Moscow’s “doomsday plane” in May 9 Parade raises nuclear threat over Ukraine war. Ties with Israel plummet

The Il-80 exhibited on Wednesday, May 4, in the rehearsal for the May 9 Victory Parade was designed as a flying command post for President Vladimir Putin to lead a nuclear war – hence its designation as the “doomsday plane.” It was escorted by eight Mig-29 fighters forming the letter Z, the symbol of the Russian Ukraine operation. May 9 marks the anniversary of Russia’s defeat of Nazi Germany and an important day on its national calendar.

Kremlin spokesman Dmitiry Peskov dismissed speculation that Putin was planning to formally declare war on Ukraine – currently defined as “a special military operation” – and call for full mobilization. However, the IL-80’s appearance (see photo) on one of Russia’s most significant national days is loaded with dire significance, indicating that Russia would not hold back from using nuclear weaponry if necessary to attain victory in Ukraine.

On Wednesday, Alexander Sladkov, the prestigious Russian war correspondent covering the war, advised Moscow to take a leaf out of the American book. The US ended the second world war with Japan by dropping nuclear bombs on Nagasaki and Hiroshima. By turning some provinces of Ukraine into a huge crater, Mocow could eliminate the threat posed by 40 nations replenishing Ukraine’s arms supplies, he said. Other Russian military correspondents commented a week ago that the UK by arming Kiev is playing with fire, noting that a a single Smart 2 supersonic ICBM dropped near the coast of England would send a 500m high tsunami flooding the British Isles and create a radioactive wasteland.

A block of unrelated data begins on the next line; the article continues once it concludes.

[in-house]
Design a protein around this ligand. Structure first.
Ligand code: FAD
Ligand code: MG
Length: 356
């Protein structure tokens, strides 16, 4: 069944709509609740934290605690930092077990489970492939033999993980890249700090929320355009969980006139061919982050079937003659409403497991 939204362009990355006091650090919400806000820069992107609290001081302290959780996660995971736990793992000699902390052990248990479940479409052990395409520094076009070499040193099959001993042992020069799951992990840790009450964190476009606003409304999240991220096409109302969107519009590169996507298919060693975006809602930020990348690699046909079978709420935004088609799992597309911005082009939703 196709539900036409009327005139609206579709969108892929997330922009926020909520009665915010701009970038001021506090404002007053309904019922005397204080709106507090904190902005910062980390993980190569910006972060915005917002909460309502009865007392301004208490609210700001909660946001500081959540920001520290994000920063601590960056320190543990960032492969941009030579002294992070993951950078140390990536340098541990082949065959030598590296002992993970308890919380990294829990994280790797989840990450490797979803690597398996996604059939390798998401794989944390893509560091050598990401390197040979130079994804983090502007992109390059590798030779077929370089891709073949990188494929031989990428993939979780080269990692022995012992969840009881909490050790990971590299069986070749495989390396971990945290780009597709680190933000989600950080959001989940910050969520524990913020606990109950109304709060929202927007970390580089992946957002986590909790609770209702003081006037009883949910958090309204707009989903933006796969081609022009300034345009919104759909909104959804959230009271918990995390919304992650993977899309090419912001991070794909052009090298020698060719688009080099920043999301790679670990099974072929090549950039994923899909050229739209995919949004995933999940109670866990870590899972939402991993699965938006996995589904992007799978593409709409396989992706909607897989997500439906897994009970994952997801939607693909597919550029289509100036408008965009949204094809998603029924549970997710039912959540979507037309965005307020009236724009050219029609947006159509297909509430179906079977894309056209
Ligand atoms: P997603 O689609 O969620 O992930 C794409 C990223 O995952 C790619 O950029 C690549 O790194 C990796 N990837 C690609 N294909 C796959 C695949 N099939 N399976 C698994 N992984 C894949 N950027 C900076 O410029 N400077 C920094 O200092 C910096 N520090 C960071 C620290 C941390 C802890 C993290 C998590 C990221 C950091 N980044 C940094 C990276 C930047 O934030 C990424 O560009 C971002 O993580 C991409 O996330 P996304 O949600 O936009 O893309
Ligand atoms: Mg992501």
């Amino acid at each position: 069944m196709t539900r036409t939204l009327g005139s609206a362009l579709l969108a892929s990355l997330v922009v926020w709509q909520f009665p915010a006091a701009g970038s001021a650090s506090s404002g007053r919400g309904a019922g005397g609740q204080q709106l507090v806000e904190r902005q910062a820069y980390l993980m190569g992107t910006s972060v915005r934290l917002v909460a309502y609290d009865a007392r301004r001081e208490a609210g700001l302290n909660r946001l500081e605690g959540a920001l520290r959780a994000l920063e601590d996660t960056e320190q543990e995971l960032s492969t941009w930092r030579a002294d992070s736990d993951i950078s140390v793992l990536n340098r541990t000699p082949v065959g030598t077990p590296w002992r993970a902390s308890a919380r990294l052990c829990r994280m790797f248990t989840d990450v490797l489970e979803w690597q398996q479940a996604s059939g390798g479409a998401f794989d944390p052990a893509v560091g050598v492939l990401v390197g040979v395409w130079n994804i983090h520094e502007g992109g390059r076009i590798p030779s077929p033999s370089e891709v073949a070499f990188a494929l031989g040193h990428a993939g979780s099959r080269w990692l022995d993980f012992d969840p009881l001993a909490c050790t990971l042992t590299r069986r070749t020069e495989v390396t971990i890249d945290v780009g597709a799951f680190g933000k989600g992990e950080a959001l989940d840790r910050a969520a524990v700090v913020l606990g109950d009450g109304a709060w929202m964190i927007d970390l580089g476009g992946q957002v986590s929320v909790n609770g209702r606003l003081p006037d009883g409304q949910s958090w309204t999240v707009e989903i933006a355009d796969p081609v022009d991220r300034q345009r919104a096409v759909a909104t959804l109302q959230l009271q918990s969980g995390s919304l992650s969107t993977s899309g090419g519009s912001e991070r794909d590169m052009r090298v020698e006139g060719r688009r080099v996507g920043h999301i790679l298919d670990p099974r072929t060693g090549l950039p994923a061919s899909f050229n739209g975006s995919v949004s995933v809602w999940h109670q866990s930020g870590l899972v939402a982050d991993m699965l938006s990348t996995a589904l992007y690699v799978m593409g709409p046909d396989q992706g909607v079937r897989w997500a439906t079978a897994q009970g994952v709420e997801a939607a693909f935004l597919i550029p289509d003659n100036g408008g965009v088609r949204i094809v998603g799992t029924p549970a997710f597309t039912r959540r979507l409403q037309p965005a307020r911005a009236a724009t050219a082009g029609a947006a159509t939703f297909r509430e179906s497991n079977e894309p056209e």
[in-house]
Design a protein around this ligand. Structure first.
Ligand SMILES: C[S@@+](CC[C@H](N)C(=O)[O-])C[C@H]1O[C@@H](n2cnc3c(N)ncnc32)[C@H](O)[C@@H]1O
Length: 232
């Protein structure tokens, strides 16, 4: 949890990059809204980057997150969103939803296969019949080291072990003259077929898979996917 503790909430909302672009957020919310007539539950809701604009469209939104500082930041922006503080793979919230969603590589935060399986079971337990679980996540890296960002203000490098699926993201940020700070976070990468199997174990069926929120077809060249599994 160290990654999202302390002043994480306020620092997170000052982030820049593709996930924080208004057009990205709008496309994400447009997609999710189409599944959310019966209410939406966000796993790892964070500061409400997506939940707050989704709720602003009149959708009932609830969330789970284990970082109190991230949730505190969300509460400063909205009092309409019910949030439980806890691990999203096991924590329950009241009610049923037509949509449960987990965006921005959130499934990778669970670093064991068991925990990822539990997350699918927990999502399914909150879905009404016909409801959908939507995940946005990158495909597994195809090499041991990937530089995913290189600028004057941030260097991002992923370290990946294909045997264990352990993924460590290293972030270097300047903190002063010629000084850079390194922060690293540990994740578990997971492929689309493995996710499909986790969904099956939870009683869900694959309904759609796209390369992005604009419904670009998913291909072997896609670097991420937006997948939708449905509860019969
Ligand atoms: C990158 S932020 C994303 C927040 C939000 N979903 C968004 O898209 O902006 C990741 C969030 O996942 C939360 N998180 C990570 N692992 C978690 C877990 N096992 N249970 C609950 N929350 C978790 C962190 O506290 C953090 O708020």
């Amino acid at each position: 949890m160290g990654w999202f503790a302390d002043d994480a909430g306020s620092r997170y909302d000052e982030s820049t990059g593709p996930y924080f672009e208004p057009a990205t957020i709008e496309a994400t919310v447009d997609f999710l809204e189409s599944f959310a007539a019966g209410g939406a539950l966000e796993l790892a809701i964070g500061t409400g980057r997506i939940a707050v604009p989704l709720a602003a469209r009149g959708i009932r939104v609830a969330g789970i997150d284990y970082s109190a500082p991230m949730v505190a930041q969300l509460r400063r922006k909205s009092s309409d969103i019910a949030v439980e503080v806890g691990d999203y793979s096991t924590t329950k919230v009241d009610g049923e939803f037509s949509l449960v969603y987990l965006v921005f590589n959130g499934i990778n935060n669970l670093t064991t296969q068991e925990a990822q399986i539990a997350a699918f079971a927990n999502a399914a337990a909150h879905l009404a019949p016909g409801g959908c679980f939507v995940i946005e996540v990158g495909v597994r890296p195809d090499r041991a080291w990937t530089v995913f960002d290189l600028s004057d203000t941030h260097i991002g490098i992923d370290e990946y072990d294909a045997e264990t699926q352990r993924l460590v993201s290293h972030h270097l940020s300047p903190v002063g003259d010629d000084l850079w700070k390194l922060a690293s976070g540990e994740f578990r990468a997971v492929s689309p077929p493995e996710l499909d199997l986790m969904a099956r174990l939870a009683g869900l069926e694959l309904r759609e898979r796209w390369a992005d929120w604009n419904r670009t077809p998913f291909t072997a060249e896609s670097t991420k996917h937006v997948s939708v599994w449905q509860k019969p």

Defense Minister Sergei Shoigu warned: “We view any transport of NATO arriving on the territory of the country with weapons or materials destined for the Ukrainian army as a target to be destroyed.” His warning was accompanied by heavy Russian bombardment that wiped out half a dozen rail stations and tracks through which NATO had been transporting arms to Ukrainian forces.

This escalation was accompanied by a sharp downturn in Moscow’s Israel policy. Foreign Ministry spokesperson Maria Zakharova claimed that Israeli mercenaries were fighting in the ranks of the far-right Azov Regiment, which Moscow has termed “neo-Nazi.” As she spoke, a high-ranking Palestinian Hamas delegation arrived in Moscow for talks on the situation in Jerusalem. That Russian officials were willing to discuss with Israel’s declared enemies the situation in its national capital, in particular Temple Mount, which the Palestinian terrorists ruling the Gaza Strip use as a pretext for anti-Israel aggression, was taken by the Israeli government as a major affront by the Kremlin.  Hamas leaders Abu Marzouk, Fathi Hamad and Hassan Badran are to be received by deputy foreign minister Mikhail Bogdanov, senior official for the Kremlin’s Middle East policy, and invited to present their case to Russian lawmakers at the Duma.   

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